Note: Edgy Exegesis is glad to offer this week the reflections of a guest columnist, the Rev. Don Underwood.
June 15, 2014
I have a friend who has the annoying habit of always telling the truth. If a group of people are trying to politely discuss a delicate topic, he will inevitably make the politically incorrect observation that will leave people in stunned silence, partly because they are offended, but mostly because they have no retort for a statement that is indisputable. We have all learned in somewhat painful ways that the facts are often inconvenient, and sometimes embarrassing.
If telling the truth is offensive, then some of the worst offenders are the writers of the gospels. The original ending of Mark's gospel leaves us with this uplifting image of the disciples: "Overcome with terror and dread, they fled from the tomb. They said nothing to anyone, because they were afraid." (CEB) Not exactly the ending we were counting on as we construct that Easter sermon! Luke and John also convey unflattering reports about the post-resurrection disciples and their confusion or doubts about the resurrected Jesus.
Today we turn to Matthew's ending, and our eyes are inevitably drawn to the famous final two verses that are known as the Great Commission. Wouldn't it be nice if we could get to that part of the text without dealing with verse 17: "When they saw him, they worshipped him, but some doubted." If only Matthew could have spared us that little detail about the wavering faith of some of the disciples.
The preacher is faced with a dilemma: does she jump right to verse 18 and avoid that awkward little comment about the doubting disciples, or does she acknowledge the inconvenient truth that has been spoken in the midst of a polite conversation? I suspect that most teachers of this text, either in the sanctuary or the Sunday school class, follow the dictum that was articulated so brilliantly by Jack Nicholson in A Few Good Men: "You can't handle the truth!" If so, the hearers of the sermon get shortchanged in more ways than one.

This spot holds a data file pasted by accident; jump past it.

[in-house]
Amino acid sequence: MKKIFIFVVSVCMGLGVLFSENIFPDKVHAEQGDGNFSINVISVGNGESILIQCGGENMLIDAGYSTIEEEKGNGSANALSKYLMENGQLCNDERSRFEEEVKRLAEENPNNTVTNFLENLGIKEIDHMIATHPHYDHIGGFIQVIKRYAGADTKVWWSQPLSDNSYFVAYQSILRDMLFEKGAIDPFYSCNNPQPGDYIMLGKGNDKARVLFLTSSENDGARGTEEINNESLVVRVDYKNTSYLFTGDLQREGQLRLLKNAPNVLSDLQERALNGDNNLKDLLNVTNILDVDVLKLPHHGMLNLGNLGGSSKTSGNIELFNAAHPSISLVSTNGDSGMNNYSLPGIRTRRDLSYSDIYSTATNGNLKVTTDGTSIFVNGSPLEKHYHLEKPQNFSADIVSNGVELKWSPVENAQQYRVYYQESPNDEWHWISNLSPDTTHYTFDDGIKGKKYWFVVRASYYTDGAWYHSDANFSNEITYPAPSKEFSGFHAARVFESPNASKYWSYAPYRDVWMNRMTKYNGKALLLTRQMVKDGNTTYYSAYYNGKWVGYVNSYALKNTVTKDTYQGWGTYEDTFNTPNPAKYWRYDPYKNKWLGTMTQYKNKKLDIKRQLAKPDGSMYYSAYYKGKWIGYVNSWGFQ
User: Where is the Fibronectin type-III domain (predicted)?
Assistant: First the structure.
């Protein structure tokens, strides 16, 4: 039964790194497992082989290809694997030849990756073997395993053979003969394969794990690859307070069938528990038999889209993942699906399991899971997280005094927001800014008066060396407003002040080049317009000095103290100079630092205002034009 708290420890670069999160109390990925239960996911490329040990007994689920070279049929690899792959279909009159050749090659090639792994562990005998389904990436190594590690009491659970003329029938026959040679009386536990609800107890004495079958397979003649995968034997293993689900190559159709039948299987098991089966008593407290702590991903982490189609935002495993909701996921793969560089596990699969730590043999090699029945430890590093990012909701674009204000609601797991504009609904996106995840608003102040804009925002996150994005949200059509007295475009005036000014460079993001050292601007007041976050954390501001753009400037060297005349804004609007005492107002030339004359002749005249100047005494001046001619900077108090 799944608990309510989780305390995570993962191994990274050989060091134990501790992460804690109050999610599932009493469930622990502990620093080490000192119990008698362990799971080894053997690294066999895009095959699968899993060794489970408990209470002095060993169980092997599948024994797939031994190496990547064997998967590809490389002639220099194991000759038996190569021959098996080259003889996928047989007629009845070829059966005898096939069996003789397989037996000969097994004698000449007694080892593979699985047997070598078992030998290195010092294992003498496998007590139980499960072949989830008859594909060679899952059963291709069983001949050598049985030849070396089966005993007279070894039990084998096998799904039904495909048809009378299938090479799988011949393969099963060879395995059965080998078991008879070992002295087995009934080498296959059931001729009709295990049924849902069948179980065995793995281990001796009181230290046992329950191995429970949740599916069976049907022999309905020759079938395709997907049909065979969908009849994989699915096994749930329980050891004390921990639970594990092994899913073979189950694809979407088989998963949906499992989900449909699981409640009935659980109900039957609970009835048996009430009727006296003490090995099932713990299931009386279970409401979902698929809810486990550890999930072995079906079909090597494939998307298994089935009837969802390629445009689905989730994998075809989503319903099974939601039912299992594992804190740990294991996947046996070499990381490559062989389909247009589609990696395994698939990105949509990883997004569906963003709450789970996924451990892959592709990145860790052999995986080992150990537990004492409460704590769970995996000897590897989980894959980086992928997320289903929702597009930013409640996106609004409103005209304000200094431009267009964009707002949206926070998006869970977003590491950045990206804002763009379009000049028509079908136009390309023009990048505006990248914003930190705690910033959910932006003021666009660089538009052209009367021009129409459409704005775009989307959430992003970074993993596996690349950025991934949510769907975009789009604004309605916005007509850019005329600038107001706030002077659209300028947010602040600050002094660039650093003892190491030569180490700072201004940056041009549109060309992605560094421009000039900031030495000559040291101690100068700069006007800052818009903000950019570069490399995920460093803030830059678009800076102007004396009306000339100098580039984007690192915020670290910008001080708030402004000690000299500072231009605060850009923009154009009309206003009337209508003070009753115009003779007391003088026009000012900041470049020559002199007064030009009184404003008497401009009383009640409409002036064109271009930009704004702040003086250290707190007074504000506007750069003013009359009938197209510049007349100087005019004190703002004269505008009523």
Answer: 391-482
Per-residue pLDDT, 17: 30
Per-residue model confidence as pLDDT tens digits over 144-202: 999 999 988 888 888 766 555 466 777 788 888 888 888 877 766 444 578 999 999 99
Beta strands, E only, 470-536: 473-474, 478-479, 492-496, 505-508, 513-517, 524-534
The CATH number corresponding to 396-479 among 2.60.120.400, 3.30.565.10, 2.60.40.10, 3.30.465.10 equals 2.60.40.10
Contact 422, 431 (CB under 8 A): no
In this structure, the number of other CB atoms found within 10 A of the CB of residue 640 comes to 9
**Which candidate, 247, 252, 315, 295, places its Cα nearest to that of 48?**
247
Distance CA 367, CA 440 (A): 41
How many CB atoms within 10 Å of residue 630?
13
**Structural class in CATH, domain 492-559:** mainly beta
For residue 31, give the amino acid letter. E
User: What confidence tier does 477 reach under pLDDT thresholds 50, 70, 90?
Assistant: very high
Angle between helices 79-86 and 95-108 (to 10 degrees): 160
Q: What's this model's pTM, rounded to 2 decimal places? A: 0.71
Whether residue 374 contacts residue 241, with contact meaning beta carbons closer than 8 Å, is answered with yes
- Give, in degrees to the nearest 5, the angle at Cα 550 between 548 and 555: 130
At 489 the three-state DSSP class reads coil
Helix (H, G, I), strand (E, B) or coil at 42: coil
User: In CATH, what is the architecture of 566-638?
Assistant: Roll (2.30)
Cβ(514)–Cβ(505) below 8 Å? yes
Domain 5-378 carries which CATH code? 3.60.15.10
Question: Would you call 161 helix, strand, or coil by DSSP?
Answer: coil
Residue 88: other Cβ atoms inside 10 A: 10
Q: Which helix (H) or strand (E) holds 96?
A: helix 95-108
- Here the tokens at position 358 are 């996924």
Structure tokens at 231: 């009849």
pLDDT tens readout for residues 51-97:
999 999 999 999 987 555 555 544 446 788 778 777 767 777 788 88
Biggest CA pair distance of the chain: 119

If one were to "listen in" on the conversation of a group of professing Christians, there is a good chance that it would consist of happy talk and confident faith. Oftentimes Christians talk as if faith is easy and doubt is ridiculous. I dare say there are Sunday school classes and Bible study groups where an authentic expression of doubt would be met with incredulity if not downright ostracism. That is neither faithful to the original text nor a faithful reflection of the challenges faced by modern believers.
If one were to take a less sanguine approach to this text, it might begin by imagining the conversation once Matthew has joined the group. People might be enthusiastically talking about baptizing believers in the far corners of the earth, and then Matthew drops that embarrassing little reminder about verse 17. What would be the response? I am guessing that some in the group would be offended, but others would breathe a sigh of relief in the knowledge that they are not alone with their questions and their doubt. For them verse 17 might be an important part of the faith journey.
I wonder if it's possible that Matthew knew exactly what he was doing when he preceded the Great Commission with the observation that at least some of the early disciples struggled with their response to the open tomb. Is it possible that he was reminding us that, in the task of spreading the gospel and baptizing followers, we should always be mindful and respectful of those in the crowd who are struggling with doubt? What if faithful proclamation of the Good News demands the courage to acknowledge that faith isn't easy? Perhaps Matthew was counting on the fact that both preacher and hearer can, in fact, handle the inconvenient truth that faith and doubt are part of the same conversation.